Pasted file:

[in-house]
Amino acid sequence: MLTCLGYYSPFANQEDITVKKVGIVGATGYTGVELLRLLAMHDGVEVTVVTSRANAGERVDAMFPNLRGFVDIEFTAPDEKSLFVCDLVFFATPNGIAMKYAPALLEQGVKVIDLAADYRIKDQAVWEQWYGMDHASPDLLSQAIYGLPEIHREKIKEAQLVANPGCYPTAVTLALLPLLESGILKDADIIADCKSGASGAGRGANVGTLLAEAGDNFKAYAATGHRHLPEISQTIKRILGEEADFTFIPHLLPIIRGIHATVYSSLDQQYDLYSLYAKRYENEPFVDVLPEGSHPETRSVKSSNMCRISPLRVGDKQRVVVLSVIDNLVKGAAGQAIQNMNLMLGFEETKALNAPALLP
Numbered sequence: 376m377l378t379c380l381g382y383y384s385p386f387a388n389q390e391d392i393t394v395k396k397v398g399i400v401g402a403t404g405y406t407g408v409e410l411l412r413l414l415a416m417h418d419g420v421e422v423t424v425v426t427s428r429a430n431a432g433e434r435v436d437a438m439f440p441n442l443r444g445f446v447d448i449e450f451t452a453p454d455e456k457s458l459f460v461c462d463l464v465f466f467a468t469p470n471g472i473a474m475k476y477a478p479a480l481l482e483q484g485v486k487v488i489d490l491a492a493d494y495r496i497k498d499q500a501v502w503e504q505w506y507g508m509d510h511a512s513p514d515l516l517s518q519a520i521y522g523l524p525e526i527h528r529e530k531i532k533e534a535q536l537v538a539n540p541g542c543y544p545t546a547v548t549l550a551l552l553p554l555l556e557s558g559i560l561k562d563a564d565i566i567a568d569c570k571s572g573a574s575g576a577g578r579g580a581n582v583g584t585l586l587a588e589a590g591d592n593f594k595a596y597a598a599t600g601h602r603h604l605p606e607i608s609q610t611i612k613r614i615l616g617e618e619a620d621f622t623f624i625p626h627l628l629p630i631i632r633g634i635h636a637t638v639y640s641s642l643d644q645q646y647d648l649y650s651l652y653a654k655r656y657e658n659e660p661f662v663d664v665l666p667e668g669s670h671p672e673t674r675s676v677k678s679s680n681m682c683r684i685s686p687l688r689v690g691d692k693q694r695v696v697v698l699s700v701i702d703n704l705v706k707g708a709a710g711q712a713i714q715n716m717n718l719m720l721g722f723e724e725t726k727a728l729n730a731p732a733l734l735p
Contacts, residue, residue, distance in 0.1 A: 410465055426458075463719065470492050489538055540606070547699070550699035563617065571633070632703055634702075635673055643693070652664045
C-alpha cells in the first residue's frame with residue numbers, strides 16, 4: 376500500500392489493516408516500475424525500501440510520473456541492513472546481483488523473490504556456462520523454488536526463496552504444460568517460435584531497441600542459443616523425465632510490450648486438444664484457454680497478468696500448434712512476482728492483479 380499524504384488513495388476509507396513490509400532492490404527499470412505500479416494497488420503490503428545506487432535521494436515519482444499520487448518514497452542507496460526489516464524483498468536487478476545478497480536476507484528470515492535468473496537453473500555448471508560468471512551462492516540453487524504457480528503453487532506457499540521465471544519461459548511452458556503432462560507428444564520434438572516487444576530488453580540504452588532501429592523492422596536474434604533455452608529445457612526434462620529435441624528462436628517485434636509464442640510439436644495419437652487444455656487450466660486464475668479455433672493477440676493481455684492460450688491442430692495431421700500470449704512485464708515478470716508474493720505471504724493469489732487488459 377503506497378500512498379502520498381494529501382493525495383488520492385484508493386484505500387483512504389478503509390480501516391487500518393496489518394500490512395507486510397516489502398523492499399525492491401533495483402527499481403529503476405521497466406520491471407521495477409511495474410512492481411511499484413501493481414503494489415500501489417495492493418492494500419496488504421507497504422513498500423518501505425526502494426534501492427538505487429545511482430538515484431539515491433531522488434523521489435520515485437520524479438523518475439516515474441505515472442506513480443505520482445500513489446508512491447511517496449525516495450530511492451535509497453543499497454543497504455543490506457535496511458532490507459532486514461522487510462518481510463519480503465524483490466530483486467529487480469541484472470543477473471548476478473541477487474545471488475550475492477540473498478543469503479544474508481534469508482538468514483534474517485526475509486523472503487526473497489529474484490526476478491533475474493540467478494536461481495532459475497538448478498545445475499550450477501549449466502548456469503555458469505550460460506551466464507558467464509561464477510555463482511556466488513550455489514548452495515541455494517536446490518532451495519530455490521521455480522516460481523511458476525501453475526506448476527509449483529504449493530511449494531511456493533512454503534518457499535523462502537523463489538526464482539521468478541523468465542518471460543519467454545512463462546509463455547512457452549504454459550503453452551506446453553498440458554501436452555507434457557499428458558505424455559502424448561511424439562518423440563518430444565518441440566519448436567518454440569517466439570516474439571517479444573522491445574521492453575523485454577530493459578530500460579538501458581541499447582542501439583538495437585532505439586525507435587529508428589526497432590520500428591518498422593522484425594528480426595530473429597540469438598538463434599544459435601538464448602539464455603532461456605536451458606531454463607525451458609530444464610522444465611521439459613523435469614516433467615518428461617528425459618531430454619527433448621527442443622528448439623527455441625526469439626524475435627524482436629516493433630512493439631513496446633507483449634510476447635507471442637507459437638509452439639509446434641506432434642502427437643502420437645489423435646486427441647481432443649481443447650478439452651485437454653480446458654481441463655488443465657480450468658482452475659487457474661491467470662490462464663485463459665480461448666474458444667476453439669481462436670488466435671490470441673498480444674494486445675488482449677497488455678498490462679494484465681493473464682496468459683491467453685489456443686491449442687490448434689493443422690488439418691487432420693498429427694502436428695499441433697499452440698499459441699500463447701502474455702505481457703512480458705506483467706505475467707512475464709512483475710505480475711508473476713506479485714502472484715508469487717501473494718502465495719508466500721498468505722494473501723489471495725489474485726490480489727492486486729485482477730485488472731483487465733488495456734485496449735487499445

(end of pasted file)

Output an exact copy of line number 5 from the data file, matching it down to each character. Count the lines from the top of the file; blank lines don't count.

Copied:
C-alpha cells in the first residue's frame with residue numbers, strides 16, 4: 376500500500392489493516408516500475424525500501440510520473456541492513472546481483488523473490504556456462520523454488536526463496552504444460568517460435584531497441600542459443616523425465632510490450648486438444664484457454680497478468696500448434712512476482728492483479 380499524504384488513495388476509507396513490509400532492490404527499470412505500479416494497488420503490503428545506487432535521494436515519482444499520487448518514497452542507496460526489516464524483498468536487478476545478497480536476507484528470515492535468473496537453473500555448471508560468471512551462492516540453487524504457480528503453487532506457499540521465471544519461459548511452458556503432462560507428444564520434438572516487444576530488453580540504452588532501429592523492422596536474434604533455452608529445457612526434462620529435441624528462436628517485434636509464442640510439436644495419437652487444455656487450466660486464475668479455433672493477440676493481455684492460450688491442430692495431421700500470449704512485464708515478470716508474493720505471504724493469489732487488459 377503506497378500512498379502520498381494529501382493525495383488520492385484508493386484505500387483512504389478503509390480501516391487500518393496489518394500490512395507486510397516489502398523492499399525492491401533495483402527499481403529503476405521497466406520491471407521495477409511495474410512492481411511499484413501493481414503494489415500501489417495492493418492494500419496488504421507497504422513498500423518501505425526502494426534501492427538505487429545511482430538515484431539515491433531522488434523521489435520515485437520524479438523518475439516515474441505515472442506513480443505520482445500513489446508512491447511517496449525516495450530511492451535509497453543499497454543497504455543490506457535496511458532490507459532486514461522487510462518481510463519480503465524483490466530483486467529487480469541484472470543477473471548476478473541477487474545471488475550475492477540473498478543469503479544474508481534469508482538468514483534474517485526475509486523472503487526473497489529474484490526476478491533475474493540467478494536461481495532459475497538448478498545445475499550450477501549449466502548456469503555458469505550460460506551466464507558467464509561464477510555463482511556466488513550455489514548452495515541455494517536446490518532451495519530455490521521455480522516460481523511458476525501453475526506448476527509449483529504449493530511449494531511456493533512454503534518457499535523462502537523463489538526464482539521468478541523468465542518471460543519467454545512463462546509463455547512457452549504454459550503453452551506446453553498440458554501436452555507434457557499428458558505424455559502424448561511424439562518423440563518430444565518441440566519448436567518454440569517466439570516474439571517479444573522491445574521492453575523485454577530493459578530500460579538501458581541499447582542501439583538495437585532505439586525507435587529508428589526497432590520500428591518498422593522484425594528480426595530473429597540469438598538463434599544459435601538464448602539464455603532461456605536451458606531454463607525451458609530444464610522444465611521439459613523435469614516433467615518428461617528425459618531430454619527433448621527442443622528448439623527455441625526469439626524475435627524482436629516493433630512493439631513496446633507483449634510476447635507471442637507459437638509452439639509446434641506432434642502427437643502420437645489423435646486427441647481432443649481443447650478439452651485437454653480446458654481441463655488443465657480450468658482452475659487457474661491467470662490462464663485463459665480461448666474458444667476453439669481462436670488466435671490470441673498480444674494486445675488482449677497488455678498490462679494484465681493473464682496468459683491467453685489456443686491449442687490448434689493443422690488439418691487432420693498429427694502436428695499441433697499452440698499459441699500463447701502474455702505481457703512480458705506483467706505475467707512475464709512483475710505480475711508473476713506479485714502472484715508469487717501473494718502465495719508466500721498468505722494473501723489471495725489474485726490480489727492486486729485482477730485488472731483487465733488495456734485496449735487499445